Abnormal cortical development is increasingly recognized as a cause of human epilepsy. Development of the cerebral cortex involves three distinct but overlapping processes consisting of neuronal and later glial proliferation, neuronal migration and cortical organization. Cortical malformations can originate from abnormalities of any or all of these processes. Certain malformations are known to be genetically determined, while for others a genetic origin has been hypothesized. In addition, there are some that may be linked to prenatal insult. Some malformations are notably more epileptogenic than others. In specific forms, epileptogenesis appears to originate from intrinsic properties of the dysplastic tissue, and is stereotyped in expression. Cortical malformations are also known that are affected by age-related influence and may be accompanied by different epileptic syndromes, sometimes with good long-term outcome. In patients with intractable seizures which are symptomatic of a cortical malformations it is necessary to diagnose the type of malformation and the associated epileptic syndromes and to assess the characteristics of epileptogenesis. Planning of surgical treatment of the associated epilepsy must rely on careful evaluation of all these informations.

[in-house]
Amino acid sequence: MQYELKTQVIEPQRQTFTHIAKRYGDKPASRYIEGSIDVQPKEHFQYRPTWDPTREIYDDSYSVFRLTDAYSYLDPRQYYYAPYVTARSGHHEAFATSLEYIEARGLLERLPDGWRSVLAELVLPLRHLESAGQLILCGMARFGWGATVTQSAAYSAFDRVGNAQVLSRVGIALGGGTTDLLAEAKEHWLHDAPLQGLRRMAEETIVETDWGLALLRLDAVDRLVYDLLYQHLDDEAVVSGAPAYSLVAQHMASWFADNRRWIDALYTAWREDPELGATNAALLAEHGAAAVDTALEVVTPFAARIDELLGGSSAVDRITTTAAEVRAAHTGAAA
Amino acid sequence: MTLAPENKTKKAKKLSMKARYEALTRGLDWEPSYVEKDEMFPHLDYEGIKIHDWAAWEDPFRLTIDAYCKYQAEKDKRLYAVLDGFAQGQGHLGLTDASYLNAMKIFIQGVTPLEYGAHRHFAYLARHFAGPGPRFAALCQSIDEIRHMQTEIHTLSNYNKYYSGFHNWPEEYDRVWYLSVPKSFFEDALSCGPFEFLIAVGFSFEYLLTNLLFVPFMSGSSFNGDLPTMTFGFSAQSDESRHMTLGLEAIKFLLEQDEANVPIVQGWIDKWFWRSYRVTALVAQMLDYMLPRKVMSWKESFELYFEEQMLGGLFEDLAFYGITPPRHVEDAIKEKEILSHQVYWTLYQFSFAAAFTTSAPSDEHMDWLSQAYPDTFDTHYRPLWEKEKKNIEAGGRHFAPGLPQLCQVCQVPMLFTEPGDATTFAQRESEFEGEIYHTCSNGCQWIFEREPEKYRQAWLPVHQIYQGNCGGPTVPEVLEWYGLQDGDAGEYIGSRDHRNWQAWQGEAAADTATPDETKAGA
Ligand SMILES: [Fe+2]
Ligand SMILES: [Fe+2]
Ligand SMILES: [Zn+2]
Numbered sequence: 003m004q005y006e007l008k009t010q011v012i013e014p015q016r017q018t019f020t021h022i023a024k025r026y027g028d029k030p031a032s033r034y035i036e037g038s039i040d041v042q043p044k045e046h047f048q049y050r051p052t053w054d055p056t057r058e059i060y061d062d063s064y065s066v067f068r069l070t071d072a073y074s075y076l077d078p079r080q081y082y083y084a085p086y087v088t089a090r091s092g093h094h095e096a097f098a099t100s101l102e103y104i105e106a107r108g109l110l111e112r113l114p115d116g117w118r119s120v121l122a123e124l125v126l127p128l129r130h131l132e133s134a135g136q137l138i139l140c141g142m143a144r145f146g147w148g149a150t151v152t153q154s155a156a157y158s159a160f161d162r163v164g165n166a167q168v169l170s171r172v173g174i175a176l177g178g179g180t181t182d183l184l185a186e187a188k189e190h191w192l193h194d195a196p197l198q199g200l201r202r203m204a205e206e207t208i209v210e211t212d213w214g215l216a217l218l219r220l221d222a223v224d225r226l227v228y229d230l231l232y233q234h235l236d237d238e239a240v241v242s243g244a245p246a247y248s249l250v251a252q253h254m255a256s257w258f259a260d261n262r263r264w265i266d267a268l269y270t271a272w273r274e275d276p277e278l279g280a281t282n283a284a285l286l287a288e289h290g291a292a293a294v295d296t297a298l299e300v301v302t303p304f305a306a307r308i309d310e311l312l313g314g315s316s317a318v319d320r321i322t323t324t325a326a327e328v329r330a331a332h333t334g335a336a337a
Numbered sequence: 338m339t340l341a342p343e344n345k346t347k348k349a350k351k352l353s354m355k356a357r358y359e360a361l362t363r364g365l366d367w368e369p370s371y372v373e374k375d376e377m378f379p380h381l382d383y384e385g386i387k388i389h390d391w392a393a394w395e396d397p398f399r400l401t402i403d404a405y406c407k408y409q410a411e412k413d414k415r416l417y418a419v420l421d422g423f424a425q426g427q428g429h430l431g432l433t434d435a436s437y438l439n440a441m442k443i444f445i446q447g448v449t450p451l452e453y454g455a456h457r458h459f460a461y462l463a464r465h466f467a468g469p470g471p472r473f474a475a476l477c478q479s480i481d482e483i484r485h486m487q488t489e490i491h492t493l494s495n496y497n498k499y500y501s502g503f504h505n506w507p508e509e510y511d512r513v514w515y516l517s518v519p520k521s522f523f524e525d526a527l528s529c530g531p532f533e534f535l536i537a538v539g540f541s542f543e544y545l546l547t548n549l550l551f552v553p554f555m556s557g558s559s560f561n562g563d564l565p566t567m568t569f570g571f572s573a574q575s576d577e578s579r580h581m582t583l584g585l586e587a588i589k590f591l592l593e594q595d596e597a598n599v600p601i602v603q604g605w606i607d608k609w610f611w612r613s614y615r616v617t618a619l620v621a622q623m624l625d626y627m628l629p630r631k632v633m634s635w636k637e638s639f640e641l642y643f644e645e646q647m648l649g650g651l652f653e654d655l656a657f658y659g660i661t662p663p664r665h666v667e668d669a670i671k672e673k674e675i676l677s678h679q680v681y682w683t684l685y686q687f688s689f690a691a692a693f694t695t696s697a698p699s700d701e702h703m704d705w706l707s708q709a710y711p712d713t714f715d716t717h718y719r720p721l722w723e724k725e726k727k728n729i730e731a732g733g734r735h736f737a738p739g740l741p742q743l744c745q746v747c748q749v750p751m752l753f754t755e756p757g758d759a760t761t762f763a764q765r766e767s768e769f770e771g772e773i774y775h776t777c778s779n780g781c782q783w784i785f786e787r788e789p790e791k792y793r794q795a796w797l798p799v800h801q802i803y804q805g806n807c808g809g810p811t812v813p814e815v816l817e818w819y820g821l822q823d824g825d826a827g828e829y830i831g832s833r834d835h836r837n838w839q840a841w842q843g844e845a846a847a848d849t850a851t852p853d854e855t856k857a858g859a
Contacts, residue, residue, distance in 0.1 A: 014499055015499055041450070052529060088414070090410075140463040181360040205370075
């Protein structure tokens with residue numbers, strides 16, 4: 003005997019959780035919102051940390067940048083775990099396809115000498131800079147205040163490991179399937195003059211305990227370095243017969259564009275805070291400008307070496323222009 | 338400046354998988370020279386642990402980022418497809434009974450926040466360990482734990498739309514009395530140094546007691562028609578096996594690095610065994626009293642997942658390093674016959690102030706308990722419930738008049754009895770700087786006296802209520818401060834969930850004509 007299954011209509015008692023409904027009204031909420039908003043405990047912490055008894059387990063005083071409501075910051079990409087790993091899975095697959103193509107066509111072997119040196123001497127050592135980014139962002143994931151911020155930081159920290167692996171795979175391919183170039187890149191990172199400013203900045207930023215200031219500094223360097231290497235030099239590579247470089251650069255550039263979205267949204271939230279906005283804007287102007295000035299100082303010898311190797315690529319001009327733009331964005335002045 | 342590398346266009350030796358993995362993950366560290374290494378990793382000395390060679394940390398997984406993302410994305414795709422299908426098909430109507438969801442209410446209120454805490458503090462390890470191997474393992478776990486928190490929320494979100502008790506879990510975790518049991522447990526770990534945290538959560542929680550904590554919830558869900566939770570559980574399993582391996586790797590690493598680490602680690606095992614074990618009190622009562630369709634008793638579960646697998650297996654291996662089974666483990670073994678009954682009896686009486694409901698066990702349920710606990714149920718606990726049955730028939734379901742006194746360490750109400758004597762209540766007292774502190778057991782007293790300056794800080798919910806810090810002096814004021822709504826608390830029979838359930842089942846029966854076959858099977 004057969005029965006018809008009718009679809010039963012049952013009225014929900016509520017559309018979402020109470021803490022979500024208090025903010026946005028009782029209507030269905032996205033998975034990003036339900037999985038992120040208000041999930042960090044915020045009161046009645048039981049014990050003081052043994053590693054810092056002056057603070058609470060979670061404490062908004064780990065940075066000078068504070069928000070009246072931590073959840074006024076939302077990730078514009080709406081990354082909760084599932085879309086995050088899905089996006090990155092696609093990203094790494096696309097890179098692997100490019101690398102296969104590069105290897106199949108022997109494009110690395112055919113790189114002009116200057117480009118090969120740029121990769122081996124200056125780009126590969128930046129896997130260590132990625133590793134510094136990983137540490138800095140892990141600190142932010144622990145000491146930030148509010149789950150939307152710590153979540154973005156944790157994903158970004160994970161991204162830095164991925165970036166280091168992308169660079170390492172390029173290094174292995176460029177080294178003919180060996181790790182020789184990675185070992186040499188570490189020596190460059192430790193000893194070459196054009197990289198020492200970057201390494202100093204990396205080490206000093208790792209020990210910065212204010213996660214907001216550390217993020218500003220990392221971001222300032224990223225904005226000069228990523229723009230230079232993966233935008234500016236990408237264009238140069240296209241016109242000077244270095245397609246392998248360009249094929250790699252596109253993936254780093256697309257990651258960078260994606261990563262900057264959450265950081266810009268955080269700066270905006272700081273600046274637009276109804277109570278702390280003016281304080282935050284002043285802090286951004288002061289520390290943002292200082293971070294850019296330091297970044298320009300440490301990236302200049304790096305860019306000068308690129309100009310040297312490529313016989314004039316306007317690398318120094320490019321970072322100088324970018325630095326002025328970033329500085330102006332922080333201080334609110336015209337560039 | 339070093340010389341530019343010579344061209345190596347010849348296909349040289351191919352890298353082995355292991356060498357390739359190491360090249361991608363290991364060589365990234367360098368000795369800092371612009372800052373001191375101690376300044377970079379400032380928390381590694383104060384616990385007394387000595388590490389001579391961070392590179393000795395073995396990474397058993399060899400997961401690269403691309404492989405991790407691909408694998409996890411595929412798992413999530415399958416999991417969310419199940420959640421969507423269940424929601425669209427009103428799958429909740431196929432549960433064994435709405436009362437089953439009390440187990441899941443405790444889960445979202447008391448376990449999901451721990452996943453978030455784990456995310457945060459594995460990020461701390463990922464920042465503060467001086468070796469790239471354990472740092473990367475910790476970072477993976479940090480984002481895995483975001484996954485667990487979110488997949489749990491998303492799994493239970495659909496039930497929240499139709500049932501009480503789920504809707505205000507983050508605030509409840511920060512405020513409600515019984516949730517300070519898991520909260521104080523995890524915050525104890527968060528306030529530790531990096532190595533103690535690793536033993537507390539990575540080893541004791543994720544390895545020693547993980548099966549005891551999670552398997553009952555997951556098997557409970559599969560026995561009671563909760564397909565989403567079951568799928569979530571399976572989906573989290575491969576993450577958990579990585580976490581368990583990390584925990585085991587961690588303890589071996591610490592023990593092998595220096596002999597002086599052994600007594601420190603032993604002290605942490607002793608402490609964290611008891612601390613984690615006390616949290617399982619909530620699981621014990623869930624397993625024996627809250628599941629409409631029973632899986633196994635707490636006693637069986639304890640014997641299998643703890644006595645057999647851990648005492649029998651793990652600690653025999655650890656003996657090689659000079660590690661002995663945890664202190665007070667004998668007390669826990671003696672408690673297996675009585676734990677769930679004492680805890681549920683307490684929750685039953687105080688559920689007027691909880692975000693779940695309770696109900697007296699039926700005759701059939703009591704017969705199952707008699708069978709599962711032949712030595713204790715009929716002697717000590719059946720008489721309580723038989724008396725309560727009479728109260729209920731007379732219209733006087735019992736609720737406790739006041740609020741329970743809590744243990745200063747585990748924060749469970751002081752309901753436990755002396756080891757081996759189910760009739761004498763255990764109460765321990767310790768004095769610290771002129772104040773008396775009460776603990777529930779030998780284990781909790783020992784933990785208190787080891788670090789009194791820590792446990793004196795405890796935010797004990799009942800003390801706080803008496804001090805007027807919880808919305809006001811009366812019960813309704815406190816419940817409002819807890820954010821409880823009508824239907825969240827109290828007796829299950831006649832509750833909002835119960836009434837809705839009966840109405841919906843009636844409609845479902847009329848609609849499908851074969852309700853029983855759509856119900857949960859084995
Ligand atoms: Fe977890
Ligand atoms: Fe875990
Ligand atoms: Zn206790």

|Original language||English (US)|
|Number of pages||16|
|Issue number||SUPPL. 3|
|State||Published - 1999|
- Cortical dysplasia